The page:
When it comes to zoning and land use matters, understanding the intricacies of regulations and requirements is essential. One vital tool for seeking relief from zoning restrictions in New York State is an “area variance.” This blog post discusses the definition of an Area Variance, the requirements set forth in New York State Town Law Section 267-b(3), and the importance of legal representation before the local zoning board of appeals (ZBA).
An area variance is a discretionary approval granted by the local ZBA that provides relief from specific zoning regulations pertaining to “area” factors such as lot size, setbacks, building height, density, or other physical requirements. It allows property owners to deviate from standard zoning requirements applicable to their property while maintaining the underlying zoning classification.
To obtain an area variance, applicants must meet the specific requirements outlined in New York State Town Law Section 267-b(3). A local zoning board of appeals may grant an area variance pursuant to this section where substantial evidence in the record supports the ZBA’s conclusion that the benefit to the applicant if the variance is granted outweighs any detriment to the health, safety, and welfare of the neighborhood or community. In applying this balancing test, the ZBA must consider 5 statutory factors:
Undesirable Change: whether an undesirable change will be produced in the character of the neighborhood or a detriment to nearby properties will be created by the granting of the area variance.
Feasible Alternatives: whether the benefit sought by the applicant can be achieved by some method, feasible for the applicant to pursue, other than an area variance.
Substantiality: Whether the requested area variance is substantial.
Adverse Effects: whether the proposed variance will have an adverse effect or impact on the physical or environmental conditions in the neighborhood or district.
Self-Created Difficulties: Whether the alleged difficulty necessitating the variance was self-created. While relevant to the board’s decision, self-creation does not automatically preclude the granting of the area variance.
Finally, in granting area variances, the ZBA must ensure that it approves the minimum variance deemed necessary and adequate while also preserving the character of the neighborhood and safeguarding the health, safety, and welfare of the community.
If you are applying for an area variance, opposing an area variance, or are on a ZBA that is considering an area variance, it is important to understand the legal issues and have experienced counsel on your side. An attorney with zoning and land use law experience understands how to navigate the complexities of zoning and land use laws and regulations. Having handled a plethora of zoning and land use cases in New York — including area variance matters — our attorneys can provide valuable guidance to increase our clients’ likelihood of advancing their goals. Experience also helps us more persuasively tell our clients’ stories, why the variance is significant, and how the statutory area variance factors and balancing test apply to the application. Communicating this information clearly and effectively can help the applicant, the public, and the ZBA better understand what’s at stake and lead to a better outcome. Finally, an experienced attorney can help develop a well-documented record during the administrative phase of the proceedings. This record becomes crucial if litigation is commenced to challenge the ZBA’s decision on the area variance application because the Court’s review of the ZBA’s decision is generally limited to the facts and arguments that were raised before the ZBA when it initially considered and decided the area variance application. That’s why retaining an attorney early in the process is so important: to help with administrative application and to represent the client in litigation if the decision on the application is challenged.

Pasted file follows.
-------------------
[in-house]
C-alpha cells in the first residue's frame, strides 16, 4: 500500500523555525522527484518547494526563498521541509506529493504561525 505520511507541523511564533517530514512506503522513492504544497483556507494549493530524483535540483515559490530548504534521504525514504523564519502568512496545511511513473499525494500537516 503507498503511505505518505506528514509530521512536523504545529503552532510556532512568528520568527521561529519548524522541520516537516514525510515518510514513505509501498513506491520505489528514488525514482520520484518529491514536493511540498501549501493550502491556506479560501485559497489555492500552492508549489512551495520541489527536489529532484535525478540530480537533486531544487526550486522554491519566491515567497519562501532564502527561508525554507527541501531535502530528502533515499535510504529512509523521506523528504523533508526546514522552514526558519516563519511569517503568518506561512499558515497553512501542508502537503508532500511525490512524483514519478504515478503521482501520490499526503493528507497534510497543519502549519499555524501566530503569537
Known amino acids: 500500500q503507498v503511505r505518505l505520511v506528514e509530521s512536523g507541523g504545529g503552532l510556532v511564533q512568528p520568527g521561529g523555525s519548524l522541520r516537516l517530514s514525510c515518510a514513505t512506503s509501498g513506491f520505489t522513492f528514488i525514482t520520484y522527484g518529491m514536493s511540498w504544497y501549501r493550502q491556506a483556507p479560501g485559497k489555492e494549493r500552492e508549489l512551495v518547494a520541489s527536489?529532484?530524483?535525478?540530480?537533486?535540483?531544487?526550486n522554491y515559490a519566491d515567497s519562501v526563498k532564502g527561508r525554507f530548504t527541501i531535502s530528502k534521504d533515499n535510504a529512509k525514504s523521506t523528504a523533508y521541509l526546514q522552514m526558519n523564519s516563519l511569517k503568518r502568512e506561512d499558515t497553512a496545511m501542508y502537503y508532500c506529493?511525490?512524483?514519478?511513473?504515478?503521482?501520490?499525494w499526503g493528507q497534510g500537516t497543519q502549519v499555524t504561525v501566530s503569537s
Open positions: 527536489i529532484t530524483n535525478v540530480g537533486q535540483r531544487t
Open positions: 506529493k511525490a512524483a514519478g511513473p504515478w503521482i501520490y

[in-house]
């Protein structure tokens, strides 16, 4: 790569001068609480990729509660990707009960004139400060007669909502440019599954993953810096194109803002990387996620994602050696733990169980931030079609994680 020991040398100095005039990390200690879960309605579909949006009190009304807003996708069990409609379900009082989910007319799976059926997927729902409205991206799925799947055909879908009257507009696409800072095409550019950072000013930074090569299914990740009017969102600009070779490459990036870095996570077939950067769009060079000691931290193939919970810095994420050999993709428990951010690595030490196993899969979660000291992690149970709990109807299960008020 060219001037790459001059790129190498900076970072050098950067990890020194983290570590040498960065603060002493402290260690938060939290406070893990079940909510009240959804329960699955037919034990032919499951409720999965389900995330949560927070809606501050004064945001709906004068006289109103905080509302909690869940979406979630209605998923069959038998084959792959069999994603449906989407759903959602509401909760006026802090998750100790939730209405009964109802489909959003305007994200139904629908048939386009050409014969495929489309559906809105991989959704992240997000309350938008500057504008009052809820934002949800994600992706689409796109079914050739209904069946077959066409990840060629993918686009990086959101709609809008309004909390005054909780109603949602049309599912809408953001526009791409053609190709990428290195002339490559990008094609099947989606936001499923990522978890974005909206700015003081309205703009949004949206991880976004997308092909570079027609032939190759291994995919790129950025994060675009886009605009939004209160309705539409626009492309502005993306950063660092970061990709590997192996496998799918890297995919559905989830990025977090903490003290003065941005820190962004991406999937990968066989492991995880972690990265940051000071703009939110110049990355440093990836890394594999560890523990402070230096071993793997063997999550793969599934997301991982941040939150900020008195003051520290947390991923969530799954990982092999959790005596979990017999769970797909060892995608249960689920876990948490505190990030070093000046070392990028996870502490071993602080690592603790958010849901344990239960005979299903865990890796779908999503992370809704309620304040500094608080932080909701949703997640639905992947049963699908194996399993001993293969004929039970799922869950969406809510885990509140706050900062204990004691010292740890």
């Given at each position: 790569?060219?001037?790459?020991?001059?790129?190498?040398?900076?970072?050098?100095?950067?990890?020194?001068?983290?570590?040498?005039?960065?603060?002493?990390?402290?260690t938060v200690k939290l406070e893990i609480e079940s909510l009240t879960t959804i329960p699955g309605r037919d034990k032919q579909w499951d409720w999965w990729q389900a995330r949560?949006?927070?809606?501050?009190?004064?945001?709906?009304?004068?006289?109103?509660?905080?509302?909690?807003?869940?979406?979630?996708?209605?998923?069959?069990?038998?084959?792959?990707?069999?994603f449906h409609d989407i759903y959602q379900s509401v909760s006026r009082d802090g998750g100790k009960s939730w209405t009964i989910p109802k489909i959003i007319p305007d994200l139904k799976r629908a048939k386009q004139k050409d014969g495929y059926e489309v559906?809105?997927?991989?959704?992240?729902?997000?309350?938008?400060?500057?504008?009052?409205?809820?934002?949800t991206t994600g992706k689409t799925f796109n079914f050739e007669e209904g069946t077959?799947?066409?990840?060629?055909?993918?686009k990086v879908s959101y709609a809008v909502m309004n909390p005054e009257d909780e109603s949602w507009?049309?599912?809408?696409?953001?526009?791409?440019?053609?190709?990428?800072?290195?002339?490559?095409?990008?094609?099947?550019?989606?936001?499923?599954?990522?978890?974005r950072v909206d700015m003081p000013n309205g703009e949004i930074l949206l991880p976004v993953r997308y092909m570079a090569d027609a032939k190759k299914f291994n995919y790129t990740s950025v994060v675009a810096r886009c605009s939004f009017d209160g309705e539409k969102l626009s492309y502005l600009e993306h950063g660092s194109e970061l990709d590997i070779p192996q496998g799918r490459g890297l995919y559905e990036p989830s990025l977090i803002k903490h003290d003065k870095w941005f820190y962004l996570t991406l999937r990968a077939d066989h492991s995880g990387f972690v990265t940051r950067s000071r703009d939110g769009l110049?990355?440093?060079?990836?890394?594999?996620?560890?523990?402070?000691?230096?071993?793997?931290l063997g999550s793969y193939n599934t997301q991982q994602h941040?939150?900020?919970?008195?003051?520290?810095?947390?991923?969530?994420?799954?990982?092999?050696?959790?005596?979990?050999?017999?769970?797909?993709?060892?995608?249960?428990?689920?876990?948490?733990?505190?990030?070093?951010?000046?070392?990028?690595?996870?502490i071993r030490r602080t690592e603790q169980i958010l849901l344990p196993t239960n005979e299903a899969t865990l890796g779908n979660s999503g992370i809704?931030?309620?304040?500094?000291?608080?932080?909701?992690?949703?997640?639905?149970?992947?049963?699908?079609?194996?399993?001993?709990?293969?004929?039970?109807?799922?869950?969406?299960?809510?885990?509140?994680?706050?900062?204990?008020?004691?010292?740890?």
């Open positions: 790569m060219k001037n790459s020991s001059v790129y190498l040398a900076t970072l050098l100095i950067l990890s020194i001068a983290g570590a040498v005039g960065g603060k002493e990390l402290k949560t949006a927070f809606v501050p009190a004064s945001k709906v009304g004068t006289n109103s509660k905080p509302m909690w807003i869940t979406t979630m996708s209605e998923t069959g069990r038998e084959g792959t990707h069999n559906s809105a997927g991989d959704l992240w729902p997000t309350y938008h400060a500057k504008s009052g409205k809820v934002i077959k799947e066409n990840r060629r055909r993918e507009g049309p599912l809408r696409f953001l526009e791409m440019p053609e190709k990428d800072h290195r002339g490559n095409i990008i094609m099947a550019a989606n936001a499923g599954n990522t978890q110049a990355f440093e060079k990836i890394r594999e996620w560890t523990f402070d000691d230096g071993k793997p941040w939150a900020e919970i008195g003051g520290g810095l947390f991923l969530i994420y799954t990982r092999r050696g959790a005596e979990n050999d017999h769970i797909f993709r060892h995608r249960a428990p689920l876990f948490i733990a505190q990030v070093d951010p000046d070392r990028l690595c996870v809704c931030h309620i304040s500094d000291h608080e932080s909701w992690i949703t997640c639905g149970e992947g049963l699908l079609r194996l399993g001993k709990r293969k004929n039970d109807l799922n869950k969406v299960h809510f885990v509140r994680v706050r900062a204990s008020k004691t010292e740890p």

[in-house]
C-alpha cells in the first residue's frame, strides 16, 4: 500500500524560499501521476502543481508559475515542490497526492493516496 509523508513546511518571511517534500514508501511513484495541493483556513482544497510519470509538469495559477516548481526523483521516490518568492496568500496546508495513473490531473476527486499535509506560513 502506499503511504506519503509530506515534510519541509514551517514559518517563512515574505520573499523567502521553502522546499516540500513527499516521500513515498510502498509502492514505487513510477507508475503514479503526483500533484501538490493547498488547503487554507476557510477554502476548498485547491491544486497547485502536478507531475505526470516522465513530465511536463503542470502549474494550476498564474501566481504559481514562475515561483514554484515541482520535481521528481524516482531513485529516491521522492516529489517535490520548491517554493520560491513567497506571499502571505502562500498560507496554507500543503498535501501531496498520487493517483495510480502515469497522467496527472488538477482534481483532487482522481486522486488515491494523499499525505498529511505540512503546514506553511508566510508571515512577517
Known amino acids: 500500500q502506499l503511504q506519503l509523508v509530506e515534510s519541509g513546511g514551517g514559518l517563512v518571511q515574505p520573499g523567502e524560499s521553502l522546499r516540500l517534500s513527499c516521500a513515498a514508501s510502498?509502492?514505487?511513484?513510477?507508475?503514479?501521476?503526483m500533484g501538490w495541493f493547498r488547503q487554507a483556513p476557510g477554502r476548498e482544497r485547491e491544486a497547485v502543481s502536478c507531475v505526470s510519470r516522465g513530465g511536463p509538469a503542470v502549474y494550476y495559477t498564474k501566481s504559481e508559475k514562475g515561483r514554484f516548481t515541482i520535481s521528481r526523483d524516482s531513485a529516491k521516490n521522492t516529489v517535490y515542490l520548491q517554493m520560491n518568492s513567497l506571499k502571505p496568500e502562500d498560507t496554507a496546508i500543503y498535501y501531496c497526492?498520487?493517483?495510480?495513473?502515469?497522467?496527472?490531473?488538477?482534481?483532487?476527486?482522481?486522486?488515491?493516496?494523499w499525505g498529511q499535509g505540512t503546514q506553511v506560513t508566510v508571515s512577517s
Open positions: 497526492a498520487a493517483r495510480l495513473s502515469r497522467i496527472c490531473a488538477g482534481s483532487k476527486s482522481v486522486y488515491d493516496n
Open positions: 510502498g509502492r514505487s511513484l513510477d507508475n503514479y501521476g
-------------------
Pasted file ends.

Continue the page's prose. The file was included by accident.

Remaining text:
Any person aggrieved by a ZBA’s decision may challenge the decision in court through what is known as an “Article 78” proceeding. In such a lawsuit, the Court may annul the ZBA’s decision pursuant to CPLR §7803(3) if it finds that the ZBA’s decision was made “in violation of lawful procedure, was affected by an error of law or was arbitrary and capricious or an abuse of discretion.” Article 78 proceedings challenging a ZBA’s decision must be commenced within 30 days after the filing of the decision in the municipality’s clerk’s office. This very short time to challenge a ZBA’s decision is another good reason that applicants, opponents, and ZBAs should all be represented by counsel, if practicable. The applications and challenges can move very quickly, and so an experienced attorney can help prepare for these challenges and make sure important deadlines don’t get missed.
If you have questions about the area variance process, contact an experienced attorney at the Zoghlin Group for help. The Zoghlin Group offers a range of legal services related to Zoning and Land Use Law, including variances.
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